• Have an existing business number and payroll program account with the CRA on March 18, 2020; and
  • Pay salary, wages, bonuses, or other remuneration to one or more eligible employee during the TWS period.

3. Which Employees Are Eligible for the TWS 

“Eligible employees” means individuals employed in Canada.

4. How the TWS Works

Remember that the TWS isn’t a payment you apply for like the CEWS but rather a savings you take from the regular payroll remittances you make to the CRA over the TWS period. The way it works: You continue deducting income tax, CPP and EI from employees the way you normally do. The subsidy comes from the remittances you make to the CRA. More precisely, you calculate the amount of the subsidy for the remittance period and subtract that amount from the remittance you make on the particular employee for the period. Caveat: The money subtracted can only come out of federal, provincial or territorial income tax remittances. You must keep remitting the full amount of CPP contributions and EI premiums. 

5. When You Can Start Reducing Your Payroll Remittances

You can start reducing payroll remittances of income tax in the first remittance period that includes remuneration paid from the March 18 to June 19, 2020 TWS period, e.g., remittances due on April 15, 2020, if you’re a regular remitter. Caveat: The TWS isn’t a remittance deferral and you must continue remitting payroll deductions by your remittance due date.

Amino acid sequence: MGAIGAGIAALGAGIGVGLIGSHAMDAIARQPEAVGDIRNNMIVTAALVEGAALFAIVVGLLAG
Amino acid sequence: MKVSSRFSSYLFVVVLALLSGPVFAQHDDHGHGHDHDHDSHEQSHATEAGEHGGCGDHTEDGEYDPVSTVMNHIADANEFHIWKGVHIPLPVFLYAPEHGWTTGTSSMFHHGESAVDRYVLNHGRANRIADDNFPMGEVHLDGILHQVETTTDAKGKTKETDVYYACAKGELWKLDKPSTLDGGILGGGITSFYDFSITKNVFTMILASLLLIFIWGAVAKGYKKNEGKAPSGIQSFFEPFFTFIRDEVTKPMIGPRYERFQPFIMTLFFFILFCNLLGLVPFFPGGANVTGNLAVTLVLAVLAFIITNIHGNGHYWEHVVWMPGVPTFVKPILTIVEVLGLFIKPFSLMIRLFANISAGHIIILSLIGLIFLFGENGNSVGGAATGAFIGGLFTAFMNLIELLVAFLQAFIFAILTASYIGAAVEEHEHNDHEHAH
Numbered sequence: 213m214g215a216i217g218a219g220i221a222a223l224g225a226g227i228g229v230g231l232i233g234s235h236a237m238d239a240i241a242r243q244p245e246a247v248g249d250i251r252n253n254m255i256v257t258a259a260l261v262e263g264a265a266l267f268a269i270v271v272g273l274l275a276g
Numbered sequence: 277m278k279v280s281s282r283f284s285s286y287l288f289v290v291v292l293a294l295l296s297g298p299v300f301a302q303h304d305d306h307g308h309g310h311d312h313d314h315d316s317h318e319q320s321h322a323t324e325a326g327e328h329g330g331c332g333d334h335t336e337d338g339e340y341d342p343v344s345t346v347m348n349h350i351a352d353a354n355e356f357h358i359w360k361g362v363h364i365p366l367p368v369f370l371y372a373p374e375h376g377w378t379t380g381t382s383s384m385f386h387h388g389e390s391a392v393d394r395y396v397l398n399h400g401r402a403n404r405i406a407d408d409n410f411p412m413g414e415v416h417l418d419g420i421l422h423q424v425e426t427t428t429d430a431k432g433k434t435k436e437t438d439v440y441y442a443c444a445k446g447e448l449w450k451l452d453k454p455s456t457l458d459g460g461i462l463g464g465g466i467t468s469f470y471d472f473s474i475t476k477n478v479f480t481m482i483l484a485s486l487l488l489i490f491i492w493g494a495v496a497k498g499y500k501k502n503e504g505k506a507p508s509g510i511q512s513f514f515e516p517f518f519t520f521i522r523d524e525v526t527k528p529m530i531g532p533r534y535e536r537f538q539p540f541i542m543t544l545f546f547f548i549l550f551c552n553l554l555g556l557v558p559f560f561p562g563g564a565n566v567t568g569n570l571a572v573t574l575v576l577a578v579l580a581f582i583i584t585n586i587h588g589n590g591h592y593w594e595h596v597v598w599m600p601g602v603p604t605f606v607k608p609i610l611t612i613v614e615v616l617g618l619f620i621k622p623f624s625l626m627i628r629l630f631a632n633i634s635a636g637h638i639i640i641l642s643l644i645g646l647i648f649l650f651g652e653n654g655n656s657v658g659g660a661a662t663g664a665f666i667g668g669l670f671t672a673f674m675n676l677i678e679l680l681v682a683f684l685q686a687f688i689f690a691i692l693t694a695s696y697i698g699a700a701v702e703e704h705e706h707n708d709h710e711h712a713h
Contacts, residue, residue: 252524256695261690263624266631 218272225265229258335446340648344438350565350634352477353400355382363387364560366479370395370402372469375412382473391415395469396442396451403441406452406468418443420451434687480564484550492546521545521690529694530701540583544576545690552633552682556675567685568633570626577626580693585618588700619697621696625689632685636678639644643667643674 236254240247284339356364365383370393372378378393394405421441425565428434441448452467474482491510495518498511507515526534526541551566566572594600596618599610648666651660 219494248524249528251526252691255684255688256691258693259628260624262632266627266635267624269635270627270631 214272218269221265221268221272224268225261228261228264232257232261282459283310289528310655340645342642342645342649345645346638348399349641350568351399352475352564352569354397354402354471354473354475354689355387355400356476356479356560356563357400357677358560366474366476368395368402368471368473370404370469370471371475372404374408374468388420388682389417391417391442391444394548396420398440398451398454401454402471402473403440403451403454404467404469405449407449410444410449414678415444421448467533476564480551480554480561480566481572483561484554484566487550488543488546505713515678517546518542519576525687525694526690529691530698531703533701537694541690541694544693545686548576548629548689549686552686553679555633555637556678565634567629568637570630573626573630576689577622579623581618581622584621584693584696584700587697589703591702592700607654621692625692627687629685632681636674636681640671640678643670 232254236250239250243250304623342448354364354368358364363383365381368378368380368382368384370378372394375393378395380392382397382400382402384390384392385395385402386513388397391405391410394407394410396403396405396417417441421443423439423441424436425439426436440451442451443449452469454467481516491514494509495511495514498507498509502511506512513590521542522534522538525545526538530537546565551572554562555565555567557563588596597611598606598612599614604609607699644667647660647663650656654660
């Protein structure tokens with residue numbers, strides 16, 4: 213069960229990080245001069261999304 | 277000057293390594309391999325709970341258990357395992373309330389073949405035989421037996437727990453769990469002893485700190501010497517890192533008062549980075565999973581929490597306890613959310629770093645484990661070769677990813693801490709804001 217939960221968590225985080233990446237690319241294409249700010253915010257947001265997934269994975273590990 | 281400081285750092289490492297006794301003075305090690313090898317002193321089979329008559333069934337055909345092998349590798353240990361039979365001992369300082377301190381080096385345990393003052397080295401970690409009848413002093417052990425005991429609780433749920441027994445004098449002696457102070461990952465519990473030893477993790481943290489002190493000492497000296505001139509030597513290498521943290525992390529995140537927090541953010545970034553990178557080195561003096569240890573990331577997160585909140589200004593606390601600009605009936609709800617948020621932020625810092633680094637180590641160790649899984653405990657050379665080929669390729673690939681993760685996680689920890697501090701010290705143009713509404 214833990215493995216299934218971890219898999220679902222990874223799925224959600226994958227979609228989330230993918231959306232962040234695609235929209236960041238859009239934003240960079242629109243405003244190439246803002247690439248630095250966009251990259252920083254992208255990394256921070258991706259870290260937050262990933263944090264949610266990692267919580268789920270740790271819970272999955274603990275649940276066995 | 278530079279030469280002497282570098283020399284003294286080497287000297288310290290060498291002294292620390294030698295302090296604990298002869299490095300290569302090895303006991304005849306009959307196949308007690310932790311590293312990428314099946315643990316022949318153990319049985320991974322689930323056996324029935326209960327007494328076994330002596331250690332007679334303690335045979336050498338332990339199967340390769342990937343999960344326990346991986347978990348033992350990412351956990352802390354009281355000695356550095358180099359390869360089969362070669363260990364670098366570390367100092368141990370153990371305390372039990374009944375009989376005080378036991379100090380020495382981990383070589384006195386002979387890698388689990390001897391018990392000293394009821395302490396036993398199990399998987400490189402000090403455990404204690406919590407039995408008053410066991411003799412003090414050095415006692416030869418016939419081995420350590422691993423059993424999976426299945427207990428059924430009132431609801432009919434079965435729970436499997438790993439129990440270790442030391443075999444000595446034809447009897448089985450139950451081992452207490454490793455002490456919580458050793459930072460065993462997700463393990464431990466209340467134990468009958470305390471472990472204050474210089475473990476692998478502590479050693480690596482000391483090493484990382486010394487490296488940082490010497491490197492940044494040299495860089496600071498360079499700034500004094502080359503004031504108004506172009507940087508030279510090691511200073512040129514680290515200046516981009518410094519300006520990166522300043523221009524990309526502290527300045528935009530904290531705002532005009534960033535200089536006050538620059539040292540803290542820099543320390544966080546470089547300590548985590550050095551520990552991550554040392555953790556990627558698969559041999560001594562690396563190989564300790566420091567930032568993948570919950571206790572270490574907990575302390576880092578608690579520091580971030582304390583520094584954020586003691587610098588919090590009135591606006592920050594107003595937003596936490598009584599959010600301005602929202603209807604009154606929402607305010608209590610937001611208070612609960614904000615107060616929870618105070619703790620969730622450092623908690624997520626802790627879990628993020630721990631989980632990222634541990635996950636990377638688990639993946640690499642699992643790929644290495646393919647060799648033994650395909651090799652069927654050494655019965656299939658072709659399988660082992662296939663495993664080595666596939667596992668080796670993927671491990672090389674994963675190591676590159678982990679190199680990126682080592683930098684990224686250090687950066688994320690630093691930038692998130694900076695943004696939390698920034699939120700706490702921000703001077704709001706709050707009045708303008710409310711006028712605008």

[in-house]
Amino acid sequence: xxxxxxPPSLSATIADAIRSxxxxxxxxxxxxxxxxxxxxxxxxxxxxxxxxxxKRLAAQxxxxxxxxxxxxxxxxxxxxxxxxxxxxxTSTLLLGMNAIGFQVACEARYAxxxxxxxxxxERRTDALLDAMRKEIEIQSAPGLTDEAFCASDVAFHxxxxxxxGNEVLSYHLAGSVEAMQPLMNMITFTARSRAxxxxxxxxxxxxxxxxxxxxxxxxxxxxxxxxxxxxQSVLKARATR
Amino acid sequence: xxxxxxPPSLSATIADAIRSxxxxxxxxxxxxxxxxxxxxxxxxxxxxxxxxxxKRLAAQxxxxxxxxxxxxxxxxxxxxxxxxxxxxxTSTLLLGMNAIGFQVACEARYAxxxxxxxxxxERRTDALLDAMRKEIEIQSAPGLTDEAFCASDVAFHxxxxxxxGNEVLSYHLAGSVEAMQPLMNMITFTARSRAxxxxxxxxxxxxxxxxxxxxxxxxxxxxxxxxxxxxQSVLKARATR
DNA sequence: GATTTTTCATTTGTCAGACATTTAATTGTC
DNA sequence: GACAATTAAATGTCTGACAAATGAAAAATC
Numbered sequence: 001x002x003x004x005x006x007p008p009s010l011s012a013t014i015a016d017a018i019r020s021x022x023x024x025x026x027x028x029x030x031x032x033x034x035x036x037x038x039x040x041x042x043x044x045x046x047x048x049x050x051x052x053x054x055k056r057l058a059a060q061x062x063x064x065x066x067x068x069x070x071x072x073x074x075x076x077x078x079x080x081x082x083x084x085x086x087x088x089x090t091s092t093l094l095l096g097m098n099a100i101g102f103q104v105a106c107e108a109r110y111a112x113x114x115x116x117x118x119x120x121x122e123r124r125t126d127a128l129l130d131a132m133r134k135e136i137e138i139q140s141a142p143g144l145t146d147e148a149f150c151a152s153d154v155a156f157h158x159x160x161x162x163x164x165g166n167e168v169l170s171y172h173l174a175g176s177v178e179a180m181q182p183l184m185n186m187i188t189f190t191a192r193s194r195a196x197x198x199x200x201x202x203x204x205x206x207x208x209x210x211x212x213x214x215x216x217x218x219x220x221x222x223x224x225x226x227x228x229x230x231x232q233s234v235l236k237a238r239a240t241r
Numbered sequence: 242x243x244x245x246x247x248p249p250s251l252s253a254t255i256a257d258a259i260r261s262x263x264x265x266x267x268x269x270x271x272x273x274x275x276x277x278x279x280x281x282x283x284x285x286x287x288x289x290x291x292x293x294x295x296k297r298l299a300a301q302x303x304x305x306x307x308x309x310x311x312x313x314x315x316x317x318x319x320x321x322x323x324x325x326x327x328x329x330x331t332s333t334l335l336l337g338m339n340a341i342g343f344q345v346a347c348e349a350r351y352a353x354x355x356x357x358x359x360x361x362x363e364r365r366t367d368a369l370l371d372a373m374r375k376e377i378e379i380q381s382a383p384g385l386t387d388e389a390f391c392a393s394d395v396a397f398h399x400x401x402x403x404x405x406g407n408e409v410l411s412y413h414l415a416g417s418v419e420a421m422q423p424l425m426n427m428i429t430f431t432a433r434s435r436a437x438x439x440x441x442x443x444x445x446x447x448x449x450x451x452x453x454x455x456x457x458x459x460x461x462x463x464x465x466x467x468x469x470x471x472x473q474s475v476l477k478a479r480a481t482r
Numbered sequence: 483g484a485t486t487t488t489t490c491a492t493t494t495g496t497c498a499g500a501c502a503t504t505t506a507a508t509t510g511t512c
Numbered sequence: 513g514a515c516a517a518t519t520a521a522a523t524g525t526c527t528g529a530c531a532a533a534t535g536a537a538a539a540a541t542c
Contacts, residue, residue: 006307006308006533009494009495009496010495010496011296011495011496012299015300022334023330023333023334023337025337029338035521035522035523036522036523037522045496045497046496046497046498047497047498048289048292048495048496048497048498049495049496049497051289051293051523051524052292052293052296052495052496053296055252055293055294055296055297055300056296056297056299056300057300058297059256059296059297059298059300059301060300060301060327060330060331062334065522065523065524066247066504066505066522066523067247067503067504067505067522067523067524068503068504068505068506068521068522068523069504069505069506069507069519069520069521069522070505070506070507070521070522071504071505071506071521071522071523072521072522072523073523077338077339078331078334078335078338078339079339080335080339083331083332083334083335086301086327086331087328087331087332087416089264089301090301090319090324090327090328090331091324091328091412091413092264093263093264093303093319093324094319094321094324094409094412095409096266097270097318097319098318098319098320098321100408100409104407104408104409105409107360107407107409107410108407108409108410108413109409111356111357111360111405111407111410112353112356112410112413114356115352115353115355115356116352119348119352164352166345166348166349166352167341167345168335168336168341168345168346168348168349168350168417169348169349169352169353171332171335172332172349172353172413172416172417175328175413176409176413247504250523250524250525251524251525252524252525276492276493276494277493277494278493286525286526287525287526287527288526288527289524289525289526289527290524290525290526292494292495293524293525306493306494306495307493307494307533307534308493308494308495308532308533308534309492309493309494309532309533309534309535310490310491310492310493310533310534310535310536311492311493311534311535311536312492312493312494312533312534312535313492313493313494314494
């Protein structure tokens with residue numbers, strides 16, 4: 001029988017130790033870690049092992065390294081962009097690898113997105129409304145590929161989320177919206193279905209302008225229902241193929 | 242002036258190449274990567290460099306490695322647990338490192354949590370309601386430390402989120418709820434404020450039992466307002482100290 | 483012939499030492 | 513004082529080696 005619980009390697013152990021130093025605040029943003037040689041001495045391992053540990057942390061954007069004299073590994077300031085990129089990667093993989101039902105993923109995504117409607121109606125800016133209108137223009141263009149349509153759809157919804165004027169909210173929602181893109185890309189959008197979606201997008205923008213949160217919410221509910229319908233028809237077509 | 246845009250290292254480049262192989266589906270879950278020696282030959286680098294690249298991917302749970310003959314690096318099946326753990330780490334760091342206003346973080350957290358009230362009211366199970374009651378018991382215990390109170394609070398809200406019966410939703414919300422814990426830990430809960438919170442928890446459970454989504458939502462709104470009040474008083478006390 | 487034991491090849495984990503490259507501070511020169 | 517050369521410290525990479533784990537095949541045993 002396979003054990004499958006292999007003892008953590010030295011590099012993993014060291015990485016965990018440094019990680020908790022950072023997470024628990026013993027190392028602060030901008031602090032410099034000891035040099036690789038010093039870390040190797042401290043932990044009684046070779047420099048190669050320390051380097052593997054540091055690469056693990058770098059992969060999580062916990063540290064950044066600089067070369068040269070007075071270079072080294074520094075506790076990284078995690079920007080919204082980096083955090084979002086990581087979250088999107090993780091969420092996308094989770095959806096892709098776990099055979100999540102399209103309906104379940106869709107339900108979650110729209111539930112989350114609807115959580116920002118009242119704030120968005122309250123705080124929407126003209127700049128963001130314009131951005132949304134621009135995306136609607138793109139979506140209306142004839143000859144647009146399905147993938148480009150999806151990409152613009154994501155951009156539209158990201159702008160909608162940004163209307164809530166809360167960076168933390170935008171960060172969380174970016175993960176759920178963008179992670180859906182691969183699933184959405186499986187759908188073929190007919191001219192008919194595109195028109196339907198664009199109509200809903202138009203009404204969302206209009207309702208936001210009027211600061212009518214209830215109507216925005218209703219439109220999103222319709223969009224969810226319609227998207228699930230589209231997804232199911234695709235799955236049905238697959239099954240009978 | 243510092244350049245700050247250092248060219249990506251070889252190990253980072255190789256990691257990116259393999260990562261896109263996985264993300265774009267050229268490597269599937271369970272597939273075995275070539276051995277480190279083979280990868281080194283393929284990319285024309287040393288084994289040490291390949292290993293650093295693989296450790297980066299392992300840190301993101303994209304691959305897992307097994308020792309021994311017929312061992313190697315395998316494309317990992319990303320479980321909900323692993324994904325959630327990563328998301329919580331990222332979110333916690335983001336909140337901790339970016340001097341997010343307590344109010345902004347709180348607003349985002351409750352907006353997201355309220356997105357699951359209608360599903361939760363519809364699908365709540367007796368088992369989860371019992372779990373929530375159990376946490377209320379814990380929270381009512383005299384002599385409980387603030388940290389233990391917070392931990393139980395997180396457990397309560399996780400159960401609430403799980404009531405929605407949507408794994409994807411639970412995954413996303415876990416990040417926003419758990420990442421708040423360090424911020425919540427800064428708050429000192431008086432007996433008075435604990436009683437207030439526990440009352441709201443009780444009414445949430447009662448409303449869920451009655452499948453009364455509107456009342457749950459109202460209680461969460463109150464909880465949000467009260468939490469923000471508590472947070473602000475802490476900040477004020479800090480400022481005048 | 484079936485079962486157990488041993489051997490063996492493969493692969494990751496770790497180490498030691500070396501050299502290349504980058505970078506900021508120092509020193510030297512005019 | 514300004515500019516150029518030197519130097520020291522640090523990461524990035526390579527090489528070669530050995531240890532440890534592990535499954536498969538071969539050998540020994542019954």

6. How to Calculate the TWS Subsidy

The person responsible for calculating your company’s payroll remittances must manually calculate the how much to withhold from regular CRA income tax remittances per employees over the TWS period; the CRA won’t do the calculations for you. The calculation is based on the total number of employees employed at any time during the TWS period and subject to the $1,375 per employee and $25,000 per employer maximums. The CRA lists 3 calculation examples: